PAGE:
Why we should take these food shortages seriously

The shelves in some supermarkets are increasingly bare again. But what’s causing the food shortages? Will they continue? And what can you do about them?

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Supermarket aisle with empty green trolley

Image source: Getty Images

It feels like Groundhog Day! It’s been 18 months since the first lockdown, and once again many shops have empty shelves and food shortages.

Here, I take a look at why we should take these food shortages seriously. I investigate why there might be long-term problems and consider how we can cope if we can’t buy the food we need.

[top_pitch]

Why are there food shortages?

There are a couple of main reasons for the recent food shortages.

Firstly, there is a long-term shortage of HGV drivers in the UK. This means that supermarkets are struggling to distribute food from ports to their warehouses and from their warehouses to their stores. According to the BBC, the lorry driver shortage has been caused by Brexit, a backlog of HGV driving tests due to Covid, a glut of drivers retiring, and tax changes making it more expensive to be self-employed in the UK. 

Secondly, the recent surge in gas prices has forced some UK fertiliser factories to close. These factories produce carbon dioxide as part of the production process, and can’t afford to pay the increased prices. This has led to a UK shortage of carbon dioxide which is used in the meat, vegetable and fizzy drinks industries. It’s also used to help keep food fresh when it is stored and transported.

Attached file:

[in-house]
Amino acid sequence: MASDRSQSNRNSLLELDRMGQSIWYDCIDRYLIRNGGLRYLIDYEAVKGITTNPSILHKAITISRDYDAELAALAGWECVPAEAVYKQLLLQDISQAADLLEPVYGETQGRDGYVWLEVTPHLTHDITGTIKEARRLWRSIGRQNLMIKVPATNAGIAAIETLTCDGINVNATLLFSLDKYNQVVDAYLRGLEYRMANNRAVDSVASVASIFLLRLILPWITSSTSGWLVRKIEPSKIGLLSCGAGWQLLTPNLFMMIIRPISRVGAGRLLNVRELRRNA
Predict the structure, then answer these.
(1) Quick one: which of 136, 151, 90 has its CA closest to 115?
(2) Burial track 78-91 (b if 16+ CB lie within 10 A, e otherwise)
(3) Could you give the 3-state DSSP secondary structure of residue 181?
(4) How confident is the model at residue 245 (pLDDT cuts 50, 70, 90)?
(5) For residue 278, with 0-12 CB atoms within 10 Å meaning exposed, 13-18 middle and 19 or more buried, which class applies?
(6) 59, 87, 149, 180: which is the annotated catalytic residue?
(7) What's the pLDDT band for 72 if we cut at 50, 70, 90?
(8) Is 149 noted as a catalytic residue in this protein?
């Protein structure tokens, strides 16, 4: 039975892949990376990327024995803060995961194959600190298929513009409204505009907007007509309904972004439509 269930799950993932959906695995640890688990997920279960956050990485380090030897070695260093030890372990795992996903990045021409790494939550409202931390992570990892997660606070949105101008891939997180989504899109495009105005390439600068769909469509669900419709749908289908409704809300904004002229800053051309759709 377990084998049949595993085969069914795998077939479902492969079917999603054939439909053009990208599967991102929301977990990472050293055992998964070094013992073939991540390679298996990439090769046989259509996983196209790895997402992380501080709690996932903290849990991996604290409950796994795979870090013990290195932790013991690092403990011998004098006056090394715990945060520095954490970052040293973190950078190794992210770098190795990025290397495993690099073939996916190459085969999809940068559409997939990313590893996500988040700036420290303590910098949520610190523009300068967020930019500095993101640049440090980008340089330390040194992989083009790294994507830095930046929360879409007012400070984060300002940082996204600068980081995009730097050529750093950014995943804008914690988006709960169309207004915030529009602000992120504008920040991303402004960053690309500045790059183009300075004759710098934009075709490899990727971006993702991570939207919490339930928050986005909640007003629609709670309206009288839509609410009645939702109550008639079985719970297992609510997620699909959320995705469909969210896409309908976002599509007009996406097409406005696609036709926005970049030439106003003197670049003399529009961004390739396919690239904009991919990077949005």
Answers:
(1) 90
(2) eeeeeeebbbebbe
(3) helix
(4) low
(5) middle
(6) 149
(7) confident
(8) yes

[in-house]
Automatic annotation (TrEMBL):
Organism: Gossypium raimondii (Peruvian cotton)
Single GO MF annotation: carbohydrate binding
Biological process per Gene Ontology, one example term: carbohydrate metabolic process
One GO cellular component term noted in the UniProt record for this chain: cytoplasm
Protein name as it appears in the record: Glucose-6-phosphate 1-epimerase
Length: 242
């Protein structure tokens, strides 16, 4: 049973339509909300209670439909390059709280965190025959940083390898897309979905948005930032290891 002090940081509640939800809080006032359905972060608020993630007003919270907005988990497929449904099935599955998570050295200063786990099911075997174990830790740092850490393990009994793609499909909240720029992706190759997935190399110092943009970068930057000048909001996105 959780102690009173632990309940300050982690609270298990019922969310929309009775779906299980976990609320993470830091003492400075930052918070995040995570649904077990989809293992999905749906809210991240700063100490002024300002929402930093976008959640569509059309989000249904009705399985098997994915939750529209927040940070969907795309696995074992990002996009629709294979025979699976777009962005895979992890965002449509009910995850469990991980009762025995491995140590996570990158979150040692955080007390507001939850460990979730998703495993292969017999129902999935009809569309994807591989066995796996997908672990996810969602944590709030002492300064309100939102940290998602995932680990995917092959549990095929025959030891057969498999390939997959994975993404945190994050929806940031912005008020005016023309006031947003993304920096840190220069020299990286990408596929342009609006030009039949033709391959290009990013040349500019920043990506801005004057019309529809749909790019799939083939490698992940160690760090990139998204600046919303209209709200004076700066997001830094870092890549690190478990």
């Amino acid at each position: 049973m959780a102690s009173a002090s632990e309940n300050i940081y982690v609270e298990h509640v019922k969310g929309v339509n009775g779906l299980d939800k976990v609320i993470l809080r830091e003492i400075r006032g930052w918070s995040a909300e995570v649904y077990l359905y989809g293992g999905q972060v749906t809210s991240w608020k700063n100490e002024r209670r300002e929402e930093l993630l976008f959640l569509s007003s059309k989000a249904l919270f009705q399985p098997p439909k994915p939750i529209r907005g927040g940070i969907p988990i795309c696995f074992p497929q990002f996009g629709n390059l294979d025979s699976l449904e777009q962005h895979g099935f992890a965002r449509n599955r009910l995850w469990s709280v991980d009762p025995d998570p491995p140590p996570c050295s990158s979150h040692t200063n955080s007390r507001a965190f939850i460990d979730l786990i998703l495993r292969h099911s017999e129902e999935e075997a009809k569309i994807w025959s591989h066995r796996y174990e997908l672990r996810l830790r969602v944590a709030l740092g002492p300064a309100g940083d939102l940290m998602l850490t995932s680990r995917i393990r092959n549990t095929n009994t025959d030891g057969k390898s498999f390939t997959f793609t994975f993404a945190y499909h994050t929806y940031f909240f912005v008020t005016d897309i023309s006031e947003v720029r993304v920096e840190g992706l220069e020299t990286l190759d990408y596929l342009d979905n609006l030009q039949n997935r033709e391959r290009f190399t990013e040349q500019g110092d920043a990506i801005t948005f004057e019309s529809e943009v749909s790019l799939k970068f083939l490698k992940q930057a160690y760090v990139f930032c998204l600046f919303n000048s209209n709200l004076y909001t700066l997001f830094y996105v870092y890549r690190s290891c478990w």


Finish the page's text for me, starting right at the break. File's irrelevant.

Will we see long-term food shortages?

According to experts, the HGV driver shortage is likely to continue for some time. There are some signs that more youngsters are training as lorry drivers, and some firms are offering a £5,000 signing-on bonus. But it will take a while to plug the gap of an estimated 100,000 drivers.

On a more positive note, the problems with manufacturing carbon dioxide should be sorted very soon. The government has agreed a cash injection with the US firm CF Industries to help them restart carbon dioxide production.

I think it’s also likely that the supermarkets will adapt quickly to the challenges they face. They may respond by cutting product ranges and offering us less choice. But they need to make a profit, so it’s unlikely they’ll want shelves to be bare for too long.

[middle_pitch]

What can we do about food shortages?

As a Mum of four growing kids, I know how stressful it is when you can’t buy food. My husband and daughter spent hours during the first lockdown trying to buy our weekly shop and came back with a handful of items!

Thankfully, most shops aren’t completely bare this time around. But is there anything practical we can do about the food shortages? Here are some of my suggestions:

  • Be flexible with your weekly shopping list. Have a few other meal ideas in your back pocket in case the shops don’t have what you need.
  • Plan a few store cupboard meals. Lentils, chickpeas, baked beans and tuna are all cheap staples and are less likely to be affected by carbon dioxide shortages. 
  • Experiment with other food choices. If particular brands or products are unavailable, it’s a good time to find others that you might like just as much.
  • Use your freezer. It’s a good idea to have a few fall-back options in the freezer just in case.

Should you invest, the value of your investment may rise or fall and your capital is at risk. Before investing, your individual circumstances should be considered so you should consider taking independent financial advice.

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